Sunday, November 1, 2009

In which karma and a random number generator conspire against me

Last year, over in the old digs, I wrote a post about service, even made the claim that we all serve our country.

This year, my old friend karma took a look at my balance sheet and decided that maybe I hadn't served enough. So, with the aid of a random number generator (which has never been my friend, I have never won anything ever), I was called for jury duty and subsequently empanelled.

And not just any jury duty. JURY DUTY. On a major case in Seattle, one that you can read all about in the news.

It seems that karma wants me to serve my country until mid-December. Which means, Monday-Thursday, I am up before the sun, on the bus at O'Dark-thirty, and on my way to downtown Seattle before my children stir from their beds.

By the grace of a good employer, I am, thankfully, still paid for my non-working time, as I think we'd all agree that it is impossible to pay your bills on the $10 daily stipend from the court. However, it's hardly as though the rest of my work is on hold, so I find myself working at lunch, working at bedtime, and attempting to cram 5 days of work into Friday.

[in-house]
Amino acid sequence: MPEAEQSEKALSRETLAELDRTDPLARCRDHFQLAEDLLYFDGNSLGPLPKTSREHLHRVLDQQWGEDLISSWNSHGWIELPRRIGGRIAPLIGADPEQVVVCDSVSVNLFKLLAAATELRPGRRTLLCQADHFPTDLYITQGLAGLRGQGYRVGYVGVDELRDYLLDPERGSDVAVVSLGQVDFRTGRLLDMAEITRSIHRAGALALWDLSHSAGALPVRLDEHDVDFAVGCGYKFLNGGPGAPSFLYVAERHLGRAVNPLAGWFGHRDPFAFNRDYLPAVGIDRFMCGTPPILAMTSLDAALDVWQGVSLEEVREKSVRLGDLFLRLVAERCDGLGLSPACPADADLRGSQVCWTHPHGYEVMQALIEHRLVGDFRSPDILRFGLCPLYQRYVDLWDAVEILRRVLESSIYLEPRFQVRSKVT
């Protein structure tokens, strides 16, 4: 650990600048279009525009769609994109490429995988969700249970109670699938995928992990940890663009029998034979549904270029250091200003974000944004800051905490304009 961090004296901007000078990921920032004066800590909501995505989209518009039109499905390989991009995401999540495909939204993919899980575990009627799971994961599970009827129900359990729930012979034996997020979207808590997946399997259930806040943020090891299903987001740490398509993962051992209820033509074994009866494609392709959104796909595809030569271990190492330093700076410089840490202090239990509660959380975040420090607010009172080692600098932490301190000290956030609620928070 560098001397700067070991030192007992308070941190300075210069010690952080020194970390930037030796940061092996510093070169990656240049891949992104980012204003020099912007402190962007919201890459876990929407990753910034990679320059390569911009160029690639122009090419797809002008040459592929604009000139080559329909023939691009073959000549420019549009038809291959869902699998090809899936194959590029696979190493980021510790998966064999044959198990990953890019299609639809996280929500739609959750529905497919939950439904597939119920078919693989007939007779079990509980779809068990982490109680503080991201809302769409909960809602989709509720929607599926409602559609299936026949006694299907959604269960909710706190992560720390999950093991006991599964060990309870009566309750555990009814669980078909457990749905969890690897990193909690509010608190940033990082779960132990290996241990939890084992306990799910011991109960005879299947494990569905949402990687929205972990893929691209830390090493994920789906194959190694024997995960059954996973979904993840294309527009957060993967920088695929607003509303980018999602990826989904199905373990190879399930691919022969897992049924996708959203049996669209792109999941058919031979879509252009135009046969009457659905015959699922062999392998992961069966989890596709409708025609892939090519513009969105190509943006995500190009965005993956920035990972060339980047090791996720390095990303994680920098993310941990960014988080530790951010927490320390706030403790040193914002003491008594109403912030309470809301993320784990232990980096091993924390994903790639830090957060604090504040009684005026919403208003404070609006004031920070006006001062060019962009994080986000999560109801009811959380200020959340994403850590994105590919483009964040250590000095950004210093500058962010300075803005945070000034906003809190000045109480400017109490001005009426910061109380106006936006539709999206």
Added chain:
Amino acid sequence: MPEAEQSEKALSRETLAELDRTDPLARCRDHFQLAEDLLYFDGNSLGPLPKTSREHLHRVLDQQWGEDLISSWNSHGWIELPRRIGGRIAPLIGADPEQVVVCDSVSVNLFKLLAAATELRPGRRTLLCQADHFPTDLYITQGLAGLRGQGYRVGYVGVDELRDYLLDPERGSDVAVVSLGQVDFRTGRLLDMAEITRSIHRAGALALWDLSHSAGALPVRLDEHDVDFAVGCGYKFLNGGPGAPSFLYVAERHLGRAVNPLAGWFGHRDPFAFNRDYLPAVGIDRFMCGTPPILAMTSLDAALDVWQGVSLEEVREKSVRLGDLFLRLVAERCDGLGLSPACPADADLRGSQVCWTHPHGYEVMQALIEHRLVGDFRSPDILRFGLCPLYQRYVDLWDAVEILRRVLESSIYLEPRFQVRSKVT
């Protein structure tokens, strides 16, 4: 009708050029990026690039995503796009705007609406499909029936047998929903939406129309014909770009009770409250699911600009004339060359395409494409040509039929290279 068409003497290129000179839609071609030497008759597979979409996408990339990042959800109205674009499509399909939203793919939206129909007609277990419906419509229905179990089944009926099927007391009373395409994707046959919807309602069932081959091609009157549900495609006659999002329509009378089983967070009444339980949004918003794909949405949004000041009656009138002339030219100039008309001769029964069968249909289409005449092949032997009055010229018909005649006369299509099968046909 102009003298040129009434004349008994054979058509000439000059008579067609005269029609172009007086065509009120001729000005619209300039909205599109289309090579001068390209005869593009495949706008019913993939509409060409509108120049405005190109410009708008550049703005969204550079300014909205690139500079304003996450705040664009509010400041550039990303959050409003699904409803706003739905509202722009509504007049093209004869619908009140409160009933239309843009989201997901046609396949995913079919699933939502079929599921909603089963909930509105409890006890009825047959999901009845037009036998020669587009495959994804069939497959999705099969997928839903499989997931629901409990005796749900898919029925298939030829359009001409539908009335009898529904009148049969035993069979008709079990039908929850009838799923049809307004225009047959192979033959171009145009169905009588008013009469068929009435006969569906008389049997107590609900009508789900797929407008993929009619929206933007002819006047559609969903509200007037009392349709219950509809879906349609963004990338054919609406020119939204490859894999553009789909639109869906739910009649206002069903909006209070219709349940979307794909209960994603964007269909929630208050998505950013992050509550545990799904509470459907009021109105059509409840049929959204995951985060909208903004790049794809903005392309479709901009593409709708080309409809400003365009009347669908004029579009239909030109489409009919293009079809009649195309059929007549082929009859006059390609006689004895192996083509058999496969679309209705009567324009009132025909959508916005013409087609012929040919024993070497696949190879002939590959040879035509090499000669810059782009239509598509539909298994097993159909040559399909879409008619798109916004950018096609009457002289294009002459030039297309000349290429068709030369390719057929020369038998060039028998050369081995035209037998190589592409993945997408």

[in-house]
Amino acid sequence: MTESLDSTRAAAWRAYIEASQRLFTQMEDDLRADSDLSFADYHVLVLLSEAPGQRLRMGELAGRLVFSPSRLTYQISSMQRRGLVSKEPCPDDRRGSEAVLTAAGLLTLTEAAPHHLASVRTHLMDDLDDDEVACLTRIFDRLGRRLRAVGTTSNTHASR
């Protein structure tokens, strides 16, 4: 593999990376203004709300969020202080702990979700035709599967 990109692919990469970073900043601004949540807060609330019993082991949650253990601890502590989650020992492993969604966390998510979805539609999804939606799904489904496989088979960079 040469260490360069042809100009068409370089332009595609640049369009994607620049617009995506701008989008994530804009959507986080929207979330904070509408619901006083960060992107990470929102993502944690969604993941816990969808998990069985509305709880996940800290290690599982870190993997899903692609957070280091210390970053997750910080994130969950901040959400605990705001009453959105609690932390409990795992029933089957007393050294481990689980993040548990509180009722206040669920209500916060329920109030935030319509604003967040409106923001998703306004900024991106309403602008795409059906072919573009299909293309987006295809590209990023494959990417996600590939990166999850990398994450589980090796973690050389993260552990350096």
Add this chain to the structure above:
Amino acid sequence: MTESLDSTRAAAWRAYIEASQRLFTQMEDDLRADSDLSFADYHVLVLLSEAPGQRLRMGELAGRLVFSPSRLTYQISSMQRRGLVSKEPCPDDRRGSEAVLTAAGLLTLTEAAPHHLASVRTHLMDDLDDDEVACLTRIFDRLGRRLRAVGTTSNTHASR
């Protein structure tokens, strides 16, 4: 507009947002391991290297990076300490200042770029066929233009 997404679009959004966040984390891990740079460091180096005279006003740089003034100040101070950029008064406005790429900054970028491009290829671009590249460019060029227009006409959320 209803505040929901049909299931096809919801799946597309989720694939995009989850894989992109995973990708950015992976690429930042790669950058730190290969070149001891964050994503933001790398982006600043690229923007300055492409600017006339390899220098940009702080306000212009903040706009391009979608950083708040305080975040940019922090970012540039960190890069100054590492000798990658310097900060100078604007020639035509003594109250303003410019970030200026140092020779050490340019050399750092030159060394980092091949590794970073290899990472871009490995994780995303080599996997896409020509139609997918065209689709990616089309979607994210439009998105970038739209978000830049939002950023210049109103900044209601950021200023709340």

Whenever someone learns that I'm on jury duty, they are full of sympathy and stories of what they would have done to get out of it. "Just start yelling that you're racist." "Answer every question with, 'Hang 'em!'" "Tell them your family needs you too much." (No one suggested the "work will be lost without me" answer, which is good, given that with 44,999 other employees in the Puget Sound area, it doesn't really have the ring of truth.)

But here's the thing. Things, I guess. Well, first, I can't lie. I just can't, you can see it all over my face. (Anyone want to play poker?) But more importantly, I hate the discussion of a jury being 12 people too stupid to get out of jury duty. Because, there but for the grace of God, you know? If it were me, for whatever reason, facing the judgement of 12 strangers, I'd hope that at least a few of them understood and valued the role that they played. Understood the sacrifice required on their behalf to ensure that justice endures. It is the jury's duty to ensure that the weight of justice is balanced, that the state prove beyond a reasonable doubt, that the defense prove beyond a preponderence of evidence.

And so I serve.

Of course, that doesn't mean I don't think karma is a bitch.


In other news, my beloved is a'blogging. Check him out at ThoughtDreams.

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